Detention Leads to Juvenile Arthritis Diagnosis for 11 Year Old

Most eleven year old boys love physical education class, but Caleb Hestad refused to do his push-ups, and received both detention and a diagnosis of Juvenile Idiopathic Arthritis (JIA). August is Juvenile Arthritis Awareness Month and an opportunity to bring attention to the stories of children like Caleb who face the daily challenges of arthritis management and treatment.

According to the Arthritis Foundation, there are six different types of juvenile arthritis, depending on the number of joints affected. Caleb was diagnosed with polyarticular arthritis, which means it affects five or more joints (ankles, knees, wrists, and fingers) in his body.

According to Mayo Clinic, there are four common signs of juvenile arthritis:

  • Pain – While the child might not complain of joint pain, he or she may limp— especially first thing in the morning or after a nap.
  • Swelling – Joint swelling is common and is often first noticed in larger joints such as the knee.
  • Stiffness – The child may appear clumsier than usual, particularly in the morning or after naps.
  • Fever, swollen lymph nodes and rash – In some cases, high fever, swollen lymph nodes or a rash on the trunk may occur and is usually worse in the evenings.

Caleb’s pain from trying to do push-ups left his mother, Lori Hestad, wondering if Caleb had somehow broken his wrist. X-rays helped diagnose Caleb and his treatment plan primarily focuses on managing pain and inflammation. Every six months Caleb has routine doctor visits with specialists at Mayo clinic to assess his treatment regimen and prognosis using MRIs and x-rays to monitor bone development and detect joint damage.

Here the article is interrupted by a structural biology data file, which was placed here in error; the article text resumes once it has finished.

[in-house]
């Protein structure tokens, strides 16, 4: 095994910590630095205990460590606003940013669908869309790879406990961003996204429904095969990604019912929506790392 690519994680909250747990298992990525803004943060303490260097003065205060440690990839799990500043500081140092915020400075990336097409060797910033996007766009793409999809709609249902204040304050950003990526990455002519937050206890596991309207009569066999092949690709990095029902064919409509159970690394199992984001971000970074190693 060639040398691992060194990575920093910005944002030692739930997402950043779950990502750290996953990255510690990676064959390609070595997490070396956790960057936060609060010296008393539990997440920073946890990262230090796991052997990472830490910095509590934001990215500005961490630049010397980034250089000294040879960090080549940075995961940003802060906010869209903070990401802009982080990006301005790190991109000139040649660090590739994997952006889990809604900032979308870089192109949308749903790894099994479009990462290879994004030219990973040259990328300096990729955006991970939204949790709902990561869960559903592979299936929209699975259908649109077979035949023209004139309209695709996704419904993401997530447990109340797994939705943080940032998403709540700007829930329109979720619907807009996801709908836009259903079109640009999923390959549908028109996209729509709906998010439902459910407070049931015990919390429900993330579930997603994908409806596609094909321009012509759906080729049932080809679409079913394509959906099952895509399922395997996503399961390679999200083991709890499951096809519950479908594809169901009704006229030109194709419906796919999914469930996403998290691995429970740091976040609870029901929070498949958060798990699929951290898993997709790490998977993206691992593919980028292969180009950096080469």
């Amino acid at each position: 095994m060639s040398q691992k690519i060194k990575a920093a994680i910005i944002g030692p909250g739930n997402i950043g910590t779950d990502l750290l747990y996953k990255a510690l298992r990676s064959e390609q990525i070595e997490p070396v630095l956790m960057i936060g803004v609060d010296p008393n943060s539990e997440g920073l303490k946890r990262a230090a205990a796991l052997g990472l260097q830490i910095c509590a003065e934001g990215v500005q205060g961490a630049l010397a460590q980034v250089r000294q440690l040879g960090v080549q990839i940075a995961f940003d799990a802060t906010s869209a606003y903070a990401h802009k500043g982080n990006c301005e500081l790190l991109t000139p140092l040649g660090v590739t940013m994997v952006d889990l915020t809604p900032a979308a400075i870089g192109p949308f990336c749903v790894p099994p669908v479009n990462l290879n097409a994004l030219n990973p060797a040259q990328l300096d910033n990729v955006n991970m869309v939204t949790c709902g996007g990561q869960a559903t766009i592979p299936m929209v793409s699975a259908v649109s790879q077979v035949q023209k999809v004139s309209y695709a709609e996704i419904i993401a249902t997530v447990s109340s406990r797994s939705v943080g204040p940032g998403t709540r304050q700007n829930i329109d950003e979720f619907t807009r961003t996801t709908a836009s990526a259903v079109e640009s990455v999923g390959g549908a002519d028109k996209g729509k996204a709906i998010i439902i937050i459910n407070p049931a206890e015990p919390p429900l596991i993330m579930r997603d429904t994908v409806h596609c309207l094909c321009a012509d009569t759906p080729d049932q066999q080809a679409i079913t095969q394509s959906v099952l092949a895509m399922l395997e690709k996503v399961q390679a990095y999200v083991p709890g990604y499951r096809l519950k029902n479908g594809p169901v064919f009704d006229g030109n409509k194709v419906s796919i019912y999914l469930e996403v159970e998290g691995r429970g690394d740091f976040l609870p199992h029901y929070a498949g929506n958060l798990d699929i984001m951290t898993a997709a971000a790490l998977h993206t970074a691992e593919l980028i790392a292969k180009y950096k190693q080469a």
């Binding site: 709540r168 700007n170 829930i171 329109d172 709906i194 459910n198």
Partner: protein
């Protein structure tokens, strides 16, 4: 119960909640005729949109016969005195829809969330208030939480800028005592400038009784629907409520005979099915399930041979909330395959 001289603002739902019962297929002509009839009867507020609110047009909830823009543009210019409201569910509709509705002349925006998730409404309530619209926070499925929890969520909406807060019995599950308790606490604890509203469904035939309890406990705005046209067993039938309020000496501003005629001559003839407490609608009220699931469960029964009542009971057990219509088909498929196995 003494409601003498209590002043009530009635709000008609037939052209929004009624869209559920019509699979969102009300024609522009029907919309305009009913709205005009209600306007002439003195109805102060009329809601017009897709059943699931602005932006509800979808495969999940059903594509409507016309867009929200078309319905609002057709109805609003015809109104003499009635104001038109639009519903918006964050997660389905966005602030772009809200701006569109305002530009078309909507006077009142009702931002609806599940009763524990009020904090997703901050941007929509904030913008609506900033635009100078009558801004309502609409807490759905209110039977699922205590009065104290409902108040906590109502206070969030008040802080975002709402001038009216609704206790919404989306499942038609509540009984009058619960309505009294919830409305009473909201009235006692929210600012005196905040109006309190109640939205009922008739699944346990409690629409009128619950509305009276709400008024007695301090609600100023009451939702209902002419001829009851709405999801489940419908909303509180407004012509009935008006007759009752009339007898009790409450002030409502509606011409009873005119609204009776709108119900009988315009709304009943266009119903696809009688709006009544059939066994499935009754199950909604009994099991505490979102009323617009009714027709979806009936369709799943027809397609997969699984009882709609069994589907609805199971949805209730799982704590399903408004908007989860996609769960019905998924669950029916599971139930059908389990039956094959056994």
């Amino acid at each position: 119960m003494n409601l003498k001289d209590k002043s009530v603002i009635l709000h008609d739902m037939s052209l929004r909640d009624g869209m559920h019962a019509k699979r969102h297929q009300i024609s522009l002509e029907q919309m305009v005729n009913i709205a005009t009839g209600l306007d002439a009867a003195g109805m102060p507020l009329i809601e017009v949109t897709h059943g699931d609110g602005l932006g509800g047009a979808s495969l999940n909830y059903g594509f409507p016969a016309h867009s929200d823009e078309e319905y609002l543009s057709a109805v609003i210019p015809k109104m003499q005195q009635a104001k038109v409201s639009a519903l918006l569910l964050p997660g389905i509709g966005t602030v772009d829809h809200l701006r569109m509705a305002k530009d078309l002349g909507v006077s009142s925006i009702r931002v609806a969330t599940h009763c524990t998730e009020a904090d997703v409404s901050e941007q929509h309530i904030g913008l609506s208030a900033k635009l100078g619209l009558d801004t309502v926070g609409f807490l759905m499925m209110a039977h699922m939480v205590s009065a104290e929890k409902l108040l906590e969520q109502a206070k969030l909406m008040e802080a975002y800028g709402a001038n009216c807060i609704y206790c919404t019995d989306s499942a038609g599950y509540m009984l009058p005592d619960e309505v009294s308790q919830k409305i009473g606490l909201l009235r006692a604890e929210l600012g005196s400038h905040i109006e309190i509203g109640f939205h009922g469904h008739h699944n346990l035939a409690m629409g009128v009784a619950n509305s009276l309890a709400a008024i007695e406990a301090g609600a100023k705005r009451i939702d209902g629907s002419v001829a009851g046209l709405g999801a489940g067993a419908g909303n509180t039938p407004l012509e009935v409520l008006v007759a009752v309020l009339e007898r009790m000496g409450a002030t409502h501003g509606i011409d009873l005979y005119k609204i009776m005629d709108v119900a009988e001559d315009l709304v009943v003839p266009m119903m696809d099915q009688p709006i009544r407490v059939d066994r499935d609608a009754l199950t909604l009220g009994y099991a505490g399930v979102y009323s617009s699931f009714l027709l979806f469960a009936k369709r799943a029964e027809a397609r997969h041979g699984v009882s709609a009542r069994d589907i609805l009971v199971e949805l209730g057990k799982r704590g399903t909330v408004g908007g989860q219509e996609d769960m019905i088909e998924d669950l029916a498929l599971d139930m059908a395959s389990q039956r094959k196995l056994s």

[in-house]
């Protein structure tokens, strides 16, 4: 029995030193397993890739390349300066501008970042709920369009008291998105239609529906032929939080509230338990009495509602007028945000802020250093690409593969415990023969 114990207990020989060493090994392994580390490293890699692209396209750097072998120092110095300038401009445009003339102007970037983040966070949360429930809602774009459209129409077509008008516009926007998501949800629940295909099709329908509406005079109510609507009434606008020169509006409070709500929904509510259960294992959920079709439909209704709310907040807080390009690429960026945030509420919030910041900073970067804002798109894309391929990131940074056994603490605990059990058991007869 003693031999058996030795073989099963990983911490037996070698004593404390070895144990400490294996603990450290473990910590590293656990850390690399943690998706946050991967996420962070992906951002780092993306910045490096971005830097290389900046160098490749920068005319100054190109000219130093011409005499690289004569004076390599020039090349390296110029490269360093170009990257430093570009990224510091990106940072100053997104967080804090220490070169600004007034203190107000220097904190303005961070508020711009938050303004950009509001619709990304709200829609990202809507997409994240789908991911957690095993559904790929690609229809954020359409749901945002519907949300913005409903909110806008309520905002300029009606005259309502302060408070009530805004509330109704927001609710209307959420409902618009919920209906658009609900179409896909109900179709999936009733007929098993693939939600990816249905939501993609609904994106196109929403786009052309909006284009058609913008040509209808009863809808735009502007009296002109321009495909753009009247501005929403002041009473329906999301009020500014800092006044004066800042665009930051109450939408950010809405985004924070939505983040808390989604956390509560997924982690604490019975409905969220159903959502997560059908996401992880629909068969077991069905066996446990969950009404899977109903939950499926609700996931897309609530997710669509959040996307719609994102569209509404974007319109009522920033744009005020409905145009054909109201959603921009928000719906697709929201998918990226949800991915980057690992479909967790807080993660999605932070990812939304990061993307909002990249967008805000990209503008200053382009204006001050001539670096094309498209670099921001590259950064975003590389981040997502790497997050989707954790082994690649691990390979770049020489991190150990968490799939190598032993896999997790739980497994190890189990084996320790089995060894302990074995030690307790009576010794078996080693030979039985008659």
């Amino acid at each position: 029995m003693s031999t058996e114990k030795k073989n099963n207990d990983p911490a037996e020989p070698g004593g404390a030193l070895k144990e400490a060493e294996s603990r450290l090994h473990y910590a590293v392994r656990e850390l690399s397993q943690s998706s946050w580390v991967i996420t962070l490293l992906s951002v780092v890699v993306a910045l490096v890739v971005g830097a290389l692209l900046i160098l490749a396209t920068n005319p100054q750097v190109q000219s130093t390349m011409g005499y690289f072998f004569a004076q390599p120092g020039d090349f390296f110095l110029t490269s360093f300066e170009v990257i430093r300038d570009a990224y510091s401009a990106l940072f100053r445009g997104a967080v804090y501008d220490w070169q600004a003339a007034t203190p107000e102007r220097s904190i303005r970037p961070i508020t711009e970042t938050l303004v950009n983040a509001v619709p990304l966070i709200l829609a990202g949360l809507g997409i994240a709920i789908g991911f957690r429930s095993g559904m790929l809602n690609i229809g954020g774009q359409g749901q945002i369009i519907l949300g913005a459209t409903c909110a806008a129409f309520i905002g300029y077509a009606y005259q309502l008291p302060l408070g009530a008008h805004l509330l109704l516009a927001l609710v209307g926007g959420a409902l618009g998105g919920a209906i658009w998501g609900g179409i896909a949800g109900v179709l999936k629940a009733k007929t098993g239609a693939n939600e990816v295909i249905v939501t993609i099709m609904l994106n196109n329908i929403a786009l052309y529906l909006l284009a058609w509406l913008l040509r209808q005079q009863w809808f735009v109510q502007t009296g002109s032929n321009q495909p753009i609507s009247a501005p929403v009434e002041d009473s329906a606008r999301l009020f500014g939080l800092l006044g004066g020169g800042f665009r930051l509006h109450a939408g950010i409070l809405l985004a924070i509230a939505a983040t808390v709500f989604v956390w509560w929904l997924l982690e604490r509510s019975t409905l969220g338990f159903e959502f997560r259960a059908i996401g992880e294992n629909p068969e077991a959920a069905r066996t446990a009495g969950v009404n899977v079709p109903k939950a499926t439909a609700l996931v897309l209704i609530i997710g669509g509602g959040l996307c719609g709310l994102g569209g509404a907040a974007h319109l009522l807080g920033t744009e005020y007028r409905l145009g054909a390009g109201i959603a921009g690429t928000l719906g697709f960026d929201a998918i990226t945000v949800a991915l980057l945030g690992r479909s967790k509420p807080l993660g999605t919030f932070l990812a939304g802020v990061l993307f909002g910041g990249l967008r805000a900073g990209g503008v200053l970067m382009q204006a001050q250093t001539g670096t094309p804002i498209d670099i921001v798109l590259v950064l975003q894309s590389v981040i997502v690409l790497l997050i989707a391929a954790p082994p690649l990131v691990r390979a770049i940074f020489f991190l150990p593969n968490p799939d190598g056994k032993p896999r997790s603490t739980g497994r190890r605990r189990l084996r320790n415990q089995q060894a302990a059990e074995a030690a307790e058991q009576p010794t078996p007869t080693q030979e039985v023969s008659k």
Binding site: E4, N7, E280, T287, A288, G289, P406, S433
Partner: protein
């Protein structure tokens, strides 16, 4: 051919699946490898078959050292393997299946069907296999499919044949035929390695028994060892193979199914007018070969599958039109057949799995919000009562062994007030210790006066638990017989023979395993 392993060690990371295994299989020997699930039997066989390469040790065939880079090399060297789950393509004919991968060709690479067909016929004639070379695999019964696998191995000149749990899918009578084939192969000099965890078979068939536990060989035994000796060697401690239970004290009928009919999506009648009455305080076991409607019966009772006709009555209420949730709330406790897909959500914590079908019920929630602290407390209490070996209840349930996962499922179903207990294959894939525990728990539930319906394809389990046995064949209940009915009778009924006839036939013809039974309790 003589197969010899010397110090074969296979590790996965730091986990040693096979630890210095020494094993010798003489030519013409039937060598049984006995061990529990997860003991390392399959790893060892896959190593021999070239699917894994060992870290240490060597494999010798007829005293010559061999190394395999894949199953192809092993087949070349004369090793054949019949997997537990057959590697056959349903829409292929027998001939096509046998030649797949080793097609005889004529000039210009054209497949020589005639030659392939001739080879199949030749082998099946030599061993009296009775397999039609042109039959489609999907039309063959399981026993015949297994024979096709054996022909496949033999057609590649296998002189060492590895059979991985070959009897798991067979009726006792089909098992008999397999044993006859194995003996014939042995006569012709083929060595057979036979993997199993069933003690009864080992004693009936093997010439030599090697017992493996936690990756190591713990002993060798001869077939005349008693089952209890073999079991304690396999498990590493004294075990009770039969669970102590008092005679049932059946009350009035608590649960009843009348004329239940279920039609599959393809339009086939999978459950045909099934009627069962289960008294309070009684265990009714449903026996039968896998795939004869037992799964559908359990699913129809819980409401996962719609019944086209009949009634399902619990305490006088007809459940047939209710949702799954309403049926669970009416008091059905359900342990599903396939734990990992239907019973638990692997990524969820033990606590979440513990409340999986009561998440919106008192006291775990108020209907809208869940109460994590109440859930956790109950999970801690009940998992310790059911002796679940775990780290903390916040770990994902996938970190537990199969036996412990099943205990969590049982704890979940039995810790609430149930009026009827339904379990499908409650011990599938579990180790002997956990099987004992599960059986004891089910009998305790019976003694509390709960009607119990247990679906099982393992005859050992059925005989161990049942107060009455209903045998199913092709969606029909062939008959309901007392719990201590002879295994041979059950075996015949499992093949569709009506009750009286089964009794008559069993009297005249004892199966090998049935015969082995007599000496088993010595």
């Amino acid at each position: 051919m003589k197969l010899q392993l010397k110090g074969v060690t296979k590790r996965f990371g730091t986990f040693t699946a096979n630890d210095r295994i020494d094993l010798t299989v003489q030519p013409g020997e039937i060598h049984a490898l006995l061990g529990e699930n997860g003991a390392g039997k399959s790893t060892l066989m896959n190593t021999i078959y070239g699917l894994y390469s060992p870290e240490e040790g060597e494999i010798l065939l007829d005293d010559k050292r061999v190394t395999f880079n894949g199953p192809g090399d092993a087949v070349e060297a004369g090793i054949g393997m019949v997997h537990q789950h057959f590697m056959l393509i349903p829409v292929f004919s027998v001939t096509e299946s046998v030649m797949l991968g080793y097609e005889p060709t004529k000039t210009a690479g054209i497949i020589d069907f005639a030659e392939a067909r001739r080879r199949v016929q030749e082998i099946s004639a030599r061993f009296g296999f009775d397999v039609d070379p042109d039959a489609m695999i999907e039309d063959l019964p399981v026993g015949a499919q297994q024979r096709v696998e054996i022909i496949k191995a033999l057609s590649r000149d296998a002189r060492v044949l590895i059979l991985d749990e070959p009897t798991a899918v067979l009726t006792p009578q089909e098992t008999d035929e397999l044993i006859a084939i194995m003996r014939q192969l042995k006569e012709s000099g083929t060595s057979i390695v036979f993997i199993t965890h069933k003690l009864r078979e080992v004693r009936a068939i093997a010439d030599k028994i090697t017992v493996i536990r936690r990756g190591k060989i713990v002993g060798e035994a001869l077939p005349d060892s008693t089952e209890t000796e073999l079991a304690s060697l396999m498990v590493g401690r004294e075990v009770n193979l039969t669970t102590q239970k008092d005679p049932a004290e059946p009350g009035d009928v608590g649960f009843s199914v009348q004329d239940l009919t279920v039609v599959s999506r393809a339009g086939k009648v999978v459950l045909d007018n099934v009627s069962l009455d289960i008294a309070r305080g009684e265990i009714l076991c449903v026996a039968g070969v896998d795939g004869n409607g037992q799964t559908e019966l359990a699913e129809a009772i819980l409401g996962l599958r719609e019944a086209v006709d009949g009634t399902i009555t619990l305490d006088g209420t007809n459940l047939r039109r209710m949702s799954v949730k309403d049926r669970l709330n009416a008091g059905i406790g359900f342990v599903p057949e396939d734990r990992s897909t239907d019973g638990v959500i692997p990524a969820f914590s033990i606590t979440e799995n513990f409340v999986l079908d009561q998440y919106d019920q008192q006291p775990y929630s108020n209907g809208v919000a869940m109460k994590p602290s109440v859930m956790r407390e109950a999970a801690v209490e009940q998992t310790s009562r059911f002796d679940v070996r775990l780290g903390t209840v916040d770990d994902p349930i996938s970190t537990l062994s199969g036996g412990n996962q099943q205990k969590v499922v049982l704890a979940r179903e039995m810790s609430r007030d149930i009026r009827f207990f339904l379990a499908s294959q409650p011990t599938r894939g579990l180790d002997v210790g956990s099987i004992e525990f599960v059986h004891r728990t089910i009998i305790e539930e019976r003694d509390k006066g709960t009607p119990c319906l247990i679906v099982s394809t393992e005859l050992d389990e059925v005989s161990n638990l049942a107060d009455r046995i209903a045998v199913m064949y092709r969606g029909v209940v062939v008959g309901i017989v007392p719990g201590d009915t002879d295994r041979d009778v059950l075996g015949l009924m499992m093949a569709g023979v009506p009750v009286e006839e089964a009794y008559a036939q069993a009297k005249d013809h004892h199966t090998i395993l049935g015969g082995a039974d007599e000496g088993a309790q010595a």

Flare ups of increased symptoms and inflammation can last a day or many months. Those diagnosed with JIA are also at higher risk of developing uveitis, an inflammation of the middle layer of the eye that, if left untreated, may result in cataracts, glaucoma and even blindness. Caleb and his parents keep watch for this condition, and he is examined regularly by an ophthalmologist.

Medications, diet, and exercise all play a key role in keeping Caleb healthy. His complex medication regiment includes weekly injections to help relieve symptoms and suppress the immune system to prevent an attack on his joints. Eventually the plan is to wean him off his one medications one at a time and then monitor for flare ups. He could possibly be off all medications in a few years.

“The medications were probably the hardest to adjust to,” his mother stated. “Sometimes the medication makes him thrown up. At first he was annoyed with the shots, but now he takes it all in stride.”

Beyond medication, Caleb’s diet plays a significant role in avoiding flare ups. While there is no cure for arthritis, diet can have a positive or negative impact on symptoms. High fats, sugar and process foods all cause inflammation. The Arthritis Foundation is a great resource for arthritis-friendly diet tips.

Hestad explained, “We eat lots of chicken and fish and avoid red meats, as they tend to increase inflammation. We also avoid sugar and sweets, and Caleb especially likes the pineapple anti-inflammatory shakes.”

Caleb is now 15 and stays active playing hockey. Exercise is beneficial for those with a JIA diagnosis to keep the joints flexible and to maintaining a healthy weight.

“Sometimes I worry about him being in such a contact sport, but we follow his lead. We monitor flare ups and treat them as they happen. Getting him to slow down when he has a flare up can be challenging,” Hestad explained and laughed as she added, “His play station comes in handy. Don’t all kids need a break from physical activity at times?”

In the next few years as Caleb gets older, he will continue with routine doctor appointments, ophthalmology appointments, medications and eating right to help keep symptoms at bay.

Hestad is encouraged by Caleb’s progress, “They must have the right combination of treatment going as he hasn’t had any flare ups in two years.”

Like all teenagers, he does not want people to treat him any differently because of his diagnosis. Hestad used to be bothered when people would say “kids don’t get arthritis”, but now she uses it as an opportunity to educate.